Sudden involuntary unconsciousness

I.e., fainting. It’s not my favorite pastime. But, alas, sometimes it happens. And it happened today.

Backtrack: I’ve been sick for about a week now. It’s been slow going with recovery of any type. I left the Christmas celebration early yesterday in favor of resting at home. Today? I woke up dizzy with aching ears.

So I made a doctor appointment. This is the reason I scoped out a doctor months ago… I didn’t want to be clueless when I needed help in this foreign land.

I asked Andy to come with me since he’d never been to the clinic. It was good that he came. I met with a different doctor (my doc was sick too!) and he was thorough in listening to my symptoms and checking me out. He advised a blood test to make sure what I had was viral and not bacterial.

I don’t always pass out before/during/after interactions with needles and blood, but when I do I’m glad to be surrounded by people who know my needs and have medical training.

I remember telling the nurse that I really didn’t feel well–I felt that familiar sub-cellular panic stirring through my body–and then I remember waking up with Andy, the doctor, the nurse, and two other nurses all looking down at me.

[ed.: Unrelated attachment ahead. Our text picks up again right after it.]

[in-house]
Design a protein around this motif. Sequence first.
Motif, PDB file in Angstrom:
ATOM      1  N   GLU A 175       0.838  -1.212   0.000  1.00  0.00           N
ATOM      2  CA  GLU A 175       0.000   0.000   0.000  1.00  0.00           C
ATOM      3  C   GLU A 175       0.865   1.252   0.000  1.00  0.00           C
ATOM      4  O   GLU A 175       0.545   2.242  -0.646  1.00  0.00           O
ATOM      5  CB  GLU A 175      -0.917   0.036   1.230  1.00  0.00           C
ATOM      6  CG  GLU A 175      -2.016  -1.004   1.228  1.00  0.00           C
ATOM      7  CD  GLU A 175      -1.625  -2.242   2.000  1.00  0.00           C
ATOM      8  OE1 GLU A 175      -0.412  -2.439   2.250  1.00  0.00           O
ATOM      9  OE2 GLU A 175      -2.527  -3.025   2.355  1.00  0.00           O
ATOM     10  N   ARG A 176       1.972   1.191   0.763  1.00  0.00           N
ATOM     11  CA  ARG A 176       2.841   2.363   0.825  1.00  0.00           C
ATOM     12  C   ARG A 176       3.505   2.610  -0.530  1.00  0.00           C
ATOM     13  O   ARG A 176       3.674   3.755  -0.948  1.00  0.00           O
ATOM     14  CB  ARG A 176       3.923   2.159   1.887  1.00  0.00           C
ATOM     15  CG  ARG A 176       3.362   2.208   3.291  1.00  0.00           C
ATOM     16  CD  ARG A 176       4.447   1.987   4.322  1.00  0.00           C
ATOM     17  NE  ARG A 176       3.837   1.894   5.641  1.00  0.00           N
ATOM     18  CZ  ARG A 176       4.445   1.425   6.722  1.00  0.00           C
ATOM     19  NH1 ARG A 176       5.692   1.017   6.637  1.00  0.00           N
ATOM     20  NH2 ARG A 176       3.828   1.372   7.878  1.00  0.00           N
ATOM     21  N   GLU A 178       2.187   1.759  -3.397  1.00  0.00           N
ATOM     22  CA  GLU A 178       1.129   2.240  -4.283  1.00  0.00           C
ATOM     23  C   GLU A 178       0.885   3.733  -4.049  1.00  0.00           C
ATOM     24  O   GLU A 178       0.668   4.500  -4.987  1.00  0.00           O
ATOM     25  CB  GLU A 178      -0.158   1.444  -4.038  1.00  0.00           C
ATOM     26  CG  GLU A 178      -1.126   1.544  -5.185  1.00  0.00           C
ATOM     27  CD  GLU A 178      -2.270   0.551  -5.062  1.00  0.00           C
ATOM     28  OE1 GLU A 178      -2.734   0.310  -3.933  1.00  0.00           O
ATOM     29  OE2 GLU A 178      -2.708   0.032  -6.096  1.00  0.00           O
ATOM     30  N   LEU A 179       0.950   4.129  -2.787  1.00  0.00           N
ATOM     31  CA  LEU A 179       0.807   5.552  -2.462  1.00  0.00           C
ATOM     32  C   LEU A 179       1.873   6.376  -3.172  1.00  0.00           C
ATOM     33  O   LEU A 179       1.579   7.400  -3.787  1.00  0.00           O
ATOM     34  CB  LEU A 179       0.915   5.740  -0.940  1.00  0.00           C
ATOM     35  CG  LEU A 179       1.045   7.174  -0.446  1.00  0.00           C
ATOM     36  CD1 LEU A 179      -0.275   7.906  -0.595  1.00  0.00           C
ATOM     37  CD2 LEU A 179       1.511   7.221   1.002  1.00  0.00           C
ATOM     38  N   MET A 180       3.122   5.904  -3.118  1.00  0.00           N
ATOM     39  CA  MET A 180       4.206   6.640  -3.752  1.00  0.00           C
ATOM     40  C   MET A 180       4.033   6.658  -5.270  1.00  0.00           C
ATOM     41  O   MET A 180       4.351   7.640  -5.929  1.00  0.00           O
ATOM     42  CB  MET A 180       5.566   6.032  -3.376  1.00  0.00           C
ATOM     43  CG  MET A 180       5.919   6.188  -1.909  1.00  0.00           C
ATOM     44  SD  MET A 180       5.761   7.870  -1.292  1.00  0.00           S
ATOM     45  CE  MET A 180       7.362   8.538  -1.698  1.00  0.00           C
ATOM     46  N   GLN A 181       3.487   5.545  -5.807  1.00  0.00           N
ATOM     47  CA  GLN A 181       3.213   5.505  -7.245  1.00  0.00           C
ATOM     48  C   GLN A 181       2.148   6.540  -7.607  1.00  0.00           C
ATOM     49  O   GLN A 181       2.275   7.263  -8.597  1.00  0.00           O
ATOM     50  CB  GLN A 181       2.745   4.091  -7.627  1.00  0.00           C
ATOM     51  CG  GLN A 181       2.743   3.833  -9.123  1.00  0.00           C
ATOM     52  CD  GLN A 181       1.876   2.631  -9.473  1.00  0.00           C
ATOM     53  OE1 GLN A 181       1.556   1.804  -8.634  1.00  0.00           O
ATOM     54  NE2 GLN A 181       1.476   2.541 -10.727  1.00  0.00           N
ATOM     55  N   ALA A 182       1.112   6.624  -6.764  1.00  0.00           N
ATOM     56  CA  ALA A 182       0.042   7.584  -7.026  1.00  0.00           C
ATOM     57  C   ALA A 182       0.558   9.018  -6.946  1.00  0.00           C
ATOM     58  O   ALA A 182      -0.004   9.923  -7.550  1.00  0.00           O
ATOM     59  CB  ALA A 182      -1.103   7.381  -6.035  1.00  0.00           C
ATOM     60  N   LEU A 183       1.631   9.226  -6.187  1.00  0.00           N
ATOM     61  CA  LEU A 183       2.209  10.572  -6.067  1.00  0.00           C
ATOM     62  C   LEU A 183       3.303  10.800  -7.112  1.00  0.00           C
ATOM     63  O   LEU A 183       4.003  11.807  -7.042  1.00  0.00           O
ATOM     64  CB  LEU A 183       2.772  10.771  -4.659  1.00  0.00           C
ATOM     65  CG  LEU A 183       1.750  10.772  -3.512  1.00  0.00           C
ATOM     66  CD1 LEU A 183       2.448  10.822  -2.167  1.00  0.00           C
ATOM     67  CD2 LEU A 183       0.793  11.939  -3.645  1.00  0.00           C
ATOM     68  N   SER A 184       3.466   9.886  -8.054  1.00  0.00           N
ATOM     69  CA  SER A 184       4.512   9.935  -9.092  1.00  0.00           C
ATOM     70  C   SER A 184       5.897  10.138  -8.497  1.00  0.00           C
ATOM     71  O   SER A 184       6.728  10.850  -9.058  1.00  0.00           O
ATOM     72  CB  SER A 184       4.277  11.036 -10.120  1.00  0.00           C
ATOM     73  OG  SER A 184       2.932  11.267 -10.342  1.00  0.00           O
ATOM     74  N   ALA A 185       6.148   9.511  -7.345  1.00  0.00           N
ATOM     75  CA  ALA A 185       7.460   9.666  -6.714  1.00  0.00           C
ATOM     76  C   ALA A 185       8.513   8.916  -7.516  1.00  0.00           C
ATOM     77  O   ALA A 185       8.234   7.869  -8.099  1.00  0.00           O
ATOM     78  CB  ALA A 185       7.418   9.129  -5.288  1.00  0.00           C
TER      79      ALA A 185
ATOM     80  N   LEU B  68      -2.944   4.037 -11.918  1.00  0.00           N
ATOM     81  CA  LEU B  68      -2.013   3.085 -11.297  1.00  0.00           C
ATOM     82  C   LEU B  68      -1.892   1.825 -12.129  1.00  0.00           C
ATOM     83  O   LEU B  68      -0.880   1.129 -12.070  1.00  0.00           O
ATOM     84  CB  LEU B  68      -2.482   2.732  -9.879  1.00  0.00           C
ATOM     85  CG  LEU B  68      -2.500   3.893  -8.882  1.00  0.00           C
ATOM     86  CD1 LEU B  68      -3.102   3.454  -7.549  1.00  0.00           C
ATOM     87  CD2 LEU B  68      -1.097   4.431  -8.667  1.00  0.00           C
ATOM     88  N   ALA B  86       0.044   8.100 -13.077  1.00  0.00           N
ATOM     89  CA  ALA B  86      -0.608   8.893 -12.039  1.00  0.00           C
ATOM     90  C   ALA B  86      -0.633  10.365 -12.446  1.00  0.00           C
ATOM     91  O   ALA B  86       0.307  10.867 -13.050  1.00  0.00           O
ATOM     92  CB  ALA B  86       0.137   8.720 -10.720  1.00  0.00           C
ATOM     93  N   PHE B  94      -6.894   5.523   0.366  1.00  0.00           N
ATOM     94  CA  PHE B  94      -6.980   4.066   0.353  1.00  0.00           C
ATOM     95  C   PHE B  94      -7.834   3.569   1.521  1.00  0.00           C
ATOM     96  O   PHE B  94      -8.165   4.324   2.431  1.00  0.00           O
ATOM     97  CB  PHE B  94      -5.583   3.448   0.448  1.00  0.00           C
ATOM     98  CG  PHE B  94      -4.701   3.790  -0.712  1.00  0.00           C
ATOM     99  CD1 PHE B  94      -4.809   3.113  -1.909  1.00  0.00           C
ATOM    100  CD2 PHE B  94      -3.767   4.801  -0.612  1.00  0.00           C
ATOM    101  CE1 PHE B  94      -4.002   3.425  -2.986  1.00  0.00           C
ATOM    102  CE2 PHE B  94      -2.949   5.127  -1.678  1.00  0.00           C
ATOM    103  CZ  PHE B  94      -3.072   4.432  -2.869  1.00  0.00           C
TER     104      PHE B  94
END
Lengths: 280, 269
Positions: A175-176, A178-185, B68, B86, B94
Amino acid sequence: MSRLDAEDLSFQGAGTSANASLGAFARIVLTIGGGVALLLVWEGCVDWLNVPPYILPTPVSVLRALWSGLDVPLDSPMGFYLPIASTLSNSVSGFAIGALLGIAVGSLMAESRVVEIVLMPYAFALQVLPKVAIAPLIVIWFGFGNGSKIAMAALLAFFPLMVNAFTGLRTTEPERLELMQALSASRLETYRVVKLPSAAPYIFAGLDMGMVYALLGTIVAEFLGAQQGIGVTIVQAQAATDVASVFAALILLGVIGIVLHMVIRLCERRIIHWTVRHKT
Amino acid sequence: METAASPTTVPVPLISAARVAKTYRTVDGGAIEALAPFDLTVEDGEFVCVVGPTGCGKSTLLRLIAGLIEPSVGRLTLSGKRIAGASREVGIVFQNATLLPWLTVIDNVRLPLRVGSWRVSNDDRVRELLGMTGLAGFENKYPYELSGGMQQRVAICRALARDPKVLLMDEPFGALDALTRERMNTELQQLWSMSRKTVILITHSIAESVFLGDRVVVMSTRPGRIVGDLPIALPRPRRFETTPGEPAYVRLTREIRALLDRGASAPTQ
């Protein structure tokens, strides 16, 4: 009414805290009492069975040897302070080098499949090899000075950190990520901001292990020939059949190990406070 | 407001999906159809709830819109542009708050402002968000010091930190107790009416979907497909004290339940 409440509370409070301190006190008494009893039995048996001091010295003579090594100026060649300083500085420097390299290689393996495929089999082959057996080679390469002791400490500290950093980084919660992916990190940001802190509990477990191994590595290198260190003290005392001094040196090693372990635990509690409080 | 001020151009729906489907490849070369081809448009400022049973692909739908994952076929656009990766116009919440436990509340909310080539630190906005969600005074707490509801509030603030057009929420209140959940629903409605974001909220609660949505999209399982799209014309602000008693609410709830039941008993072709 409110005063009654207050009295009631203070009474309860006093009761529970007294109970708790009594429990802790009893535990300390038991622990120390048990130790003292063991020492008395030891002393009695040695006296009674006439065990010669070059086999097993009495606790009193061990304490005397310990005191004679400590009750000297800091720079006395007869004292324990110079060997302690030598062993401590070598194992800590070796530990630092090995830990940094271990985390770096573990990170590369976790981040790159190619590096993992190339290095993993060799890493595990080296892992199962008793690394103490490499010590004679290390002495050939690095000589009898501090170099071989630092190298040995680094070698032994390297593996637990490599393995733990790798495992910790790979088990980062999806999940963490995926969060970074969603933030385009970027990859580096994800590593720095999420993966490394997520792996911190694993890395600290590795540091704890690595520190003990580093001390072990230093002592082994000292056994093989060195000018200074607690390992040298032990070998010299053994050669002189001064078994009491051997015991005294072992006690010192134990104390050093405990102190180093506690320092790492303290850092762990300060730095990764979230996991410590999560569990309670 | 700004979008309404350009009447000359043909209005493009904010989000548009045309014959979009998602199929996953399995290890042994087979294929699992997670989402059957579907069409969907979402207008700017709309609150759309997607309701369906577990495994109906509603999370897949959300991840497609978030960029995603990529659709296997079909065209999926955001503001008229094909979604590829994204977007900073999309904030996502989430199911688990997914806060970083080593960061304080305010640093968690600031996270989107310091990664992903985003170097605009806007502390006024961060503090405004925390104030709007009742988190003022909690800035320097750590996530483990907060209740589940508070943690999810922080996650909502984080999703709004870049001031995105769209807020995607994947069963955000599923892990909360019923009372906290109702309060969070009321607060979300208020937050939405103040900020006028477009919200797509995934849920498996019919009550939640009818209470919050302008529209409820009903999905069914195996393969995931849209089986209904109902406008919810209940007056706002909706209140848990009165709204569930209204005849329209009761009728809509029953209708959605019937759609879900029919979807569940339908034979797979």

Coated in cold sweat, bathed in pallor, feeling tingly in the lips and arms, stiffly gesturing with my fingertips, I asked to remove my sweatshirt. They asked me to drink some water, but it was too difficult. My lips didn’t want to cooperate. I mumbled a request for juice or crackers, which is what they always gave me stateside when I passed out. They brought me hot milk tea, which I sipped with the help of a nurse holding the cup to my mouth, holding the back of my head. It felt so loving, to be cared for that way. Not clinical. I relaxed.

They monitored my blood pressure and my color, both of which improved quickly. Soon I felt fine. I always feel fine shortly after. It’s so strange. Fainting always feels like the lightspeed route from unwell to well. I hate it.

I’m fine now. I got some medication for my viral infection i.e., bad cold (which, according to the blood test does not require antibiotics!) and some Chinese medicine cough syrup to help with the tickle that’s been keeping me up at night. More on Chinese and western medicine at a later date.

Familiar and unfamiliar medications for the common cold.
English description of the Chinese medicine, for those interested.

One thought on “Sudden involuntary unconsciousness

  1. Vienna – January 1996. Worst cold I’ve ever had in my life. Nothing like “cold medicine” existed. A resident at the Hostel took mercy on me, and gave me Tylenol PM Cold (or equivalent). That person saved my life. I slept for 12 hours and woke up human enough to enjoy Vienna!

    We miss you. Merry Christmas!


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